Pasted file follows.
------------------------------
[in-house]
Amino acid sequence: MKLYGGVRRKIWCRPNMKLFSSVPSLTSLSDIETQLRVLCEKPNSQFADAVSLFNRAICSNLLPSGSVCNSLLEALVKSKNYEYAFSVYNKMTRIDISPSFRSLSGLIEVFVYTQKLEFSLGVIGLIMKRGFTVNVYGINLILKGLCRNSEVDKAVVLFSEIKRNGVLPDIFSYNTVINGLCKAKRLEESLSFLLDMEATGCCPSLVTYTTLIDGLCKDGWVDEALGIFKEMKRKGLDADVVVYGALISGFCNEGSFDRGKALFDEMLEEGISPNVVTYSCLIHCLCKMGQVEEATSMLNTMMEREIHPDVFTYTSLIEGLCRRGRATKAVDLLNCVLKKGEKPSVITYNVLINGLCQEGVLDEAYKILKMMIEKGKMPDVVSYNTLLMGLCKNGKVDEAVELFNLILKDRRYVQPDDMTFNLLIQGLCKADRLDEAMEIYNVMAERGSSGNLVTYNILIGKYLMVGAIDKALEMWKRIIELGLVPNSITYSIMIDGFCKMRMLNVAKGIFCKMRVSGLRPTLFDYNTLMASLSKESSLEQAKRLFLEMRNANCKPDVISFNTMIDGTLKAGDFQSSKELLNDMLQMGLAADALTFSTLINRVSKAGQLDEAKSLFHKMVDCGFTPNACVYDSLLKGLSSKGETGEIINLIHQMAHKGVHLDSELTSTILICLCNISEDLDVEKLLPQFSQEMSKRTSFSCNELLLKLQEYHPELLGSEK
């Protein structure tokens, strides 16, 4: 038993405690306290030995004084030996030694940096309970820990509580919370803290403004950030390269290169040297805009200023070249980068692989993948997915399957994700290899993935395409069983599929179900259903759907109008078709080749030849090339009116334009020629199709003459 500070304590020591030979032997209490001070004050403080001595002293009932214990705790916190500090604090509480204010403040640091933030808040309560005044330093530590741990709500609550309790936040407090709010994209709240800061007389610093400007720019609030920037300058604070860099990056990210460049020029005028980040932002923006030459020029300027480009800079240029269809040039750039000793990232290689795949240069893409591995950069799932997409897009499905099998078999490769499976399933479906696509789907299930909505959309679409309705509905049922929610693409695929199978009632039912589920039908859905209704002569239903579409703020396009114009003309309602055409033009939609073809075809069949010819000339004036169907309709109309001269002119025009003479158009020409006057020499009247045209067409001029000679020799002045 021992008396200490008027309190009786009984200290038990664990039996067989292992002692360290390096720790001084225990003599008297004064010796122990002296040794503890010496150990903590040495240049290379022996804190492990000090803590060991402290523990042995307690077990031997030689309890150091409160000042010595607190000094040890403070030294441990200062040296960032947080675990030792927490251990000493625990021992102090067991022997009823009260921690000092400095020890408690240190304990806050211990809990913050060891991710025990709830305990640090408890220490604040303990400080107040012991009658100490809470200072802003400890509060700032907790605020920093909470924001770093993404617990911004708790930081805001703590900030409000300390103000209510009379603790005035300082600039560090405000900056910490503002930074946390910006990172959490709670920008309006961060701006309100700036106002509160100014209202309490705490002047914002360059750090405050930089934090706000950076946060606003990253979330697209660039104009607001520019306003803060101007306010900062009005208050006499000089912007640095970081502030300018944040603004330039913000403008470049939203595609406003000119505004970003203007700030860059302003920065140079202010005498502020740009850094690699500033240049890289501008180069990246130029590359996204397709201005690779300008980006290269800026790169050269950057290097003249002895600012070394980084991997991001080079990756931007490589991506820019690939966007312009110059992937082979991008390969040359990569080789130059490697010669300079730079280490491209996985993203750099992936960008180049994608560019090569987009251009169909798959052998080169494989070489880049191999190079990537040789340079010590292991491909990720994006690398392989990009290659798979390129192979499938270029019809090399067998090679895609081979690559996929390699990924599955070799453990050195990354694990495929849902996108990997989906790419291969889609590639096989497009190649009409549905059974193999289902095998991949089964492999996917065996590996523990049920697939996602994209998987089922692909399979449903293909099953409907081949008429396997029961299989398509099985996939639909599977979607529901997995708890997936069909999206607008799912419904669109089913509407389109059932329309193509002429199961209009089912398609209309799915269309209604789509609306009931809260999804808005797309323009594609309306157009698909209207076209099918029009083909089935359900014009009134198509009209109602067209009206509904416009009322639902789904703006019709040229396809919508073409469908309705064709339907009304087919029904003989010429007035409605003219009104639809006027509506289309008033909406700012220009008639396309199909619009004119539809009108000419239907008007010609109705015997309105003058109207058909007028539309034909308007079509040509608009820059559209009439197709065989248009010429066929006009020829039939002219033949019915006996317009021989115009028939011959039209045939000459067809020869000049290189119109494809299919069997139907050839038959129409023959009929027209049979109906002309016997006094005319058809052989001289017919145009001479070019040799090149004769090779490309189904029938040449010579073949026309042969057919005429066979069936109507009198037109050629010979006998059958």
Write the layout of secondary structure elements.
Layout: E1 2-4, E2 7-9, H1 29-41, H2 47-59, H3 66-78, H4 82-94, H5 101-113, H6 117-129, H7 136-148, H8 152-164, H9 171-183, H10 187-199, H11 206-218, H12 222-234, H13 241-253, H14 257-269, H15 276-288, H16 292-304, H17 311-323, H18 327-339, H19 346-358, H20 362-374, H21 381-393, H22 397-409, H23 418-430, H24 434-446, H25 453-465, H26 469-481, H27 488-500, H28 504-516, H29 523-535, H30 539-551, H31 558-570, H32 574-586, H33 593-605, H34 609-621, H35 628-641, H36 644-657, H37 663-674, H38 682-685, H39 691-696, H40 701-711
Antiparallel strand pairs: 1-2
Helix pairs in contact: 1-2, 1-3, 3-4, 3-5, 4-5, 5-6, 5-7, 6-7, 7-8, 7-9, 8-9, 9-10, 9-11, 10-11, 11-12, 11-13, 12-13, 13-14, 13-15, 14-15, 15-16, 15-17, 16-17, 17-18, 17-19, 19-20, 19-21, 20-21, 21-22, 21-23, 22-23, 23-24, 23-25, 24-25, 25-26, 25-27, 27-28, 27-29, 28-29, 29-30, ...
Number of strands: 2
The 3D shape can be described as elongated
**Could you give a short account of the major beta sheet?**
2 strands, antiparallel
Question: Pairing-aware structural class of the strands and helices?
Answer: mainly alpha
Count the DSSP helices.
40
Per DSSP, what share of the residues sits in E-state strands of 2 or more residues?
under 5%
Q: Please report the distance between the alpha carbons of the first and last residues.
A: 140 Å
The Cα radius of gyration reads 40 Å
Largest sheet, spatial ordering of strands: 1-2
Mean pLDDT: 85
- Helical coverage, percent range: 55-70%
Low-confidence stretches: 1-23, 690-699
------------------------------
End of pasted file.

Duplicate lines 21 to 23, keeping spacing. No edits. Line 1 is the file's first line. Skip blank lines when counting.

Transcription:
Largest sheet, spatial ordering of strands: 1-2
Mean pLDDT: 85
- Helical coverage, percent range: 55-70%